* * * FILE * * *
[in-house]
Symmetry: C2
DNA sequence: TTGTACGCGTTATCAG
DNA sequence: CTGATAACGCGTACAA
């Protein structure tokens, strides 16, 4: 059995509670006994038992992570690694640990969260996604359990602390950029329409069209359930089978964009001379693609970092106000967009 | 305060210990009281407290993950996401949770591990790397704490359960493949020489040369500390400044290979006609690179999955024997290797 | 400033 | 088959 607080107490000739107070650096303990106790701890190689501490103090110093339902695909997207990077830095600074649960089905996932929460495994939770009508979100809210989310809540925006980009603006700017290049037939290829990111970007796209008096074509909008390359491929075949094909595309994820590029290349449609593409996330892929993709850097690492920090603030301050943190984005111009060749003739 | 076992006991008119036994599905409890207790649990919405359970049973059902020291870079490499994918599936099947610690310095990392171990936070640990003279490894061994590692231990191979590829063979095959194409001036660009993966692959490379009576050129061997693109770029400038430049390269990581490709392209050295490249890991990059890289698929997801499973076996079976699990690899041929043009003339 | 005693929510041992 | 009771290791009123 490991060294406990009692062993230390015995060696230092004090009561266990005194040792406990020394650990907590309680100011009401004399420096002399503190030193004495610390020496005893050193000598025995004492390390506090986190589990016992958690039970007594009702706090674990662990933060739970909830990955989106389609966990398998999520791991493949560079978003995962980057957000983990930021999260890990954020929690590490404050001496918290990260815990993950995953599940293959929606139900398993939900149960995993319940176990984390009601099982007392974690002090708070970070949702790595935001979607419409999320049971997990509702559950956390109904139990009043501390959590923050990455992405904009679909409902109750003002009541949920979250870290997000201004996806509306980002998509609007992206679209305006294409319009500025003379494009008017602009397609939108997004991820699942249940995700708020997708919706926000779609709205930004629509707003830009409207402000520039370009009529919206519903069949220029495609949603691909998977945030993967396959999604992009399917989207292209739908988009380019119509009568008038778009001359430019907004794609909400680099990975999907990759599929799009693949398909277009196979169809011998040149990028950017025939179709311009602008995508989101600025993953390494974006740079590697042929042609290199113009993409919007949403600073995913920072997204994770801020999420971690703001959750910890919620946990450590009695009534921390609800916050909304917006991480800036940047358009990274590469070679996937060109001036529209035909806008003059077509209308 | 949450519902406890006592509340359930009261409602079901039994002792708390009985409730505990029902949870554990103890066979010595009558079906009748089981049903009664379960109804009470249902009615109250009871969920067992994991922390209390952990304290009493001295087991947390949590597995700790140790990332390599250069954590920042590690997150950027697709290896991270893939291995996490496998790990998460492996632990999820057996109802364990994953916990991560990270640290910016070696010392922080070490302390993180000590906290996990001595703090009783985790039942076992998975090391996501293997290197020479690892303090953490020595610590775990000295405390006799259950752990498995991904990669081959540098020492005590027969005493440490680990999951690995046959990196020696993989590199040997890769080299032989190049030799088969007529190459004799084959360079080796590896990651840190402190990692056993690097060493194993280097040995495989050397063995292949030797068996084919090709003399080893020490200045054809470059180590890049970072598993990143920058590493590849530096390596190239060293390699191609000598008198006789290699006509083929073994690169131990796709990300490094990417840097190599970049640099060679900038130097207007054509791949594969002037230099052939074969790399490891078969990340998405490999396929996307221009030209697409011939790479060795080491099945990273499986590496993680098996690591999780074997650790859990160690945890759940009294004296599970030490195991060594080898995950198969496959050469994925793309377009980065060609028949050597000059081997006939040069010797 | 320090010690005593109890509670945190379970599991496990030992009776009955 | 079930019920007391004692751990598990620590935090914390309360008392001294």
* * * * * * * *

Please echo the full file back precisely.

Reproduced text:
[in-house]
Symmetry: C2
DNA sequence: TTGTACGCGTTATCAG
DNA sequence: CTGATAACGCGTACAA
């Protein structure tokens, strides 16, 4: 059995509670006994038992992570690694640990969260996604359990602390950029329409069209359930089978964009001379693609970092106000967009 | 305060210990009281407290993950996401949770591990790397704490359960493949020489040369500390400044290979006609690179999955024997290797 | 400033 | 088959 607080107490000739107070650096303990106790701890190689501490103090110093339902695909997207990077830095600074649960089905996932929460495994939770009508979100809210989310809540925006980009603006700017290049037939290829990111970007796209008096074509909008390359491929075949094909595309994820590029290349449609593409996330892929993709850097690492920090603030301050943190984005111009060749003739 | 076992006991008119036994599905409890207790649990919405359970049973059902020291870079490499994918599936099947610690310095990392171990936070640990003279490894061994590692231990191979590829063979095959194409001036660009993966692959490379009576050129061997693109770029400038430049390269990581490709392209050295490249890991990059890289698929997801499973076996079976699990690899041929043009003339 | 005693929510041992 | 009771290791009123 490991060294406990009692062993230390015995060696230092004090009561266990005194040792406990020394650990907590309680100011009401004399420096002399503190030193004495610390020496005893050193000598025995004492390390506090986190589990016992958690039970007594009702706090674990662990933060739970909830990955989106389609966990398998999520791991493949560079978003995962980057957000983990930021999260890990954020929690590490404050001496918290990260815990993950995953599940293959929606139900398993939900149960995993319940176990984390009601099982007392974690002090708070970070949702790595935001979607419409999320049971997990509702559950956390109904139990009043501390959590923050990455992405904009679909409902109750003002009541949920979250870290997000201004996806509306980002998509609007992206679209305006294409319009500025003379494009008017602009397609939108997004991820699942249940995700708020997708919706926000779609709205930004629509707003830009409207402000520039370009009529919206519903069949220029495609949603691909998977945030993967396959999604992009399917989207292209739908988009380019119509009568008038778009001359430019907004794609909400680099990975999907990759599929799009693949398909277009196979169809011998040149990028950017025939179709311009602008995508989101600025993953390494974006740079590697042929042609290199113009993409919007949403600073995913920072997204994770801020999420971690703001959750910890919620946990450590009695009534921390609800916050909304917006991480800036940047358009990274590469070679996937060109001036529209035909806008003059077509209308 | 949450519902406890006592509340359930009261409602079901039994002792708390009985409730505990029902949870554990103890066979010595009558079906009748089981049903009664379960109804009470249902009615109250009871969920067992994991922390209390952990304290009493001295087991947390949590597995700790140790990332390599250069954590920042590690997150950027697709290896991270893939291995996490496998790990998460492996632990999820057996109802364990994953916990991560990270640290910016070696010392922080070490302390993180000590906290996990001595703090009783985790039942076992998975090391996501293997290197020479690892303090953490020595610590775990000295405390006799259950752990498995991904990669081959540098020492005590027969005493440490680990999951690995046959990196020696993989590199040997890769080299032989190049030799088969007529190459004799084959360079080796590896990651840190402190990692056993690097060493194993280097040995495989050397063995292949030797068996084919090709003399080893020490200045054809470059180590890049970072598993990143920058590493590849530096390596190239060293390699191609000598008198006789290699006509083929073994690169131990796709990300490094990417840097190599970049640099060679900038130097207007054509791949594969002037230099052939074969790399490891078969990340998405490999396929996307221009030209697409011939790479060795080491099945990273499986590496993680098996690591999780074997650790859990160690945890759940009294004296599970030490195991060594080898995950198969496959050469994925793309377009980065060609028949050597000059081997006939040069010797 | 320090010690005593109890509670945190379970599991496990030992009776009955 | 079930019920007391004692751990598990620590935090914390309360008392001294």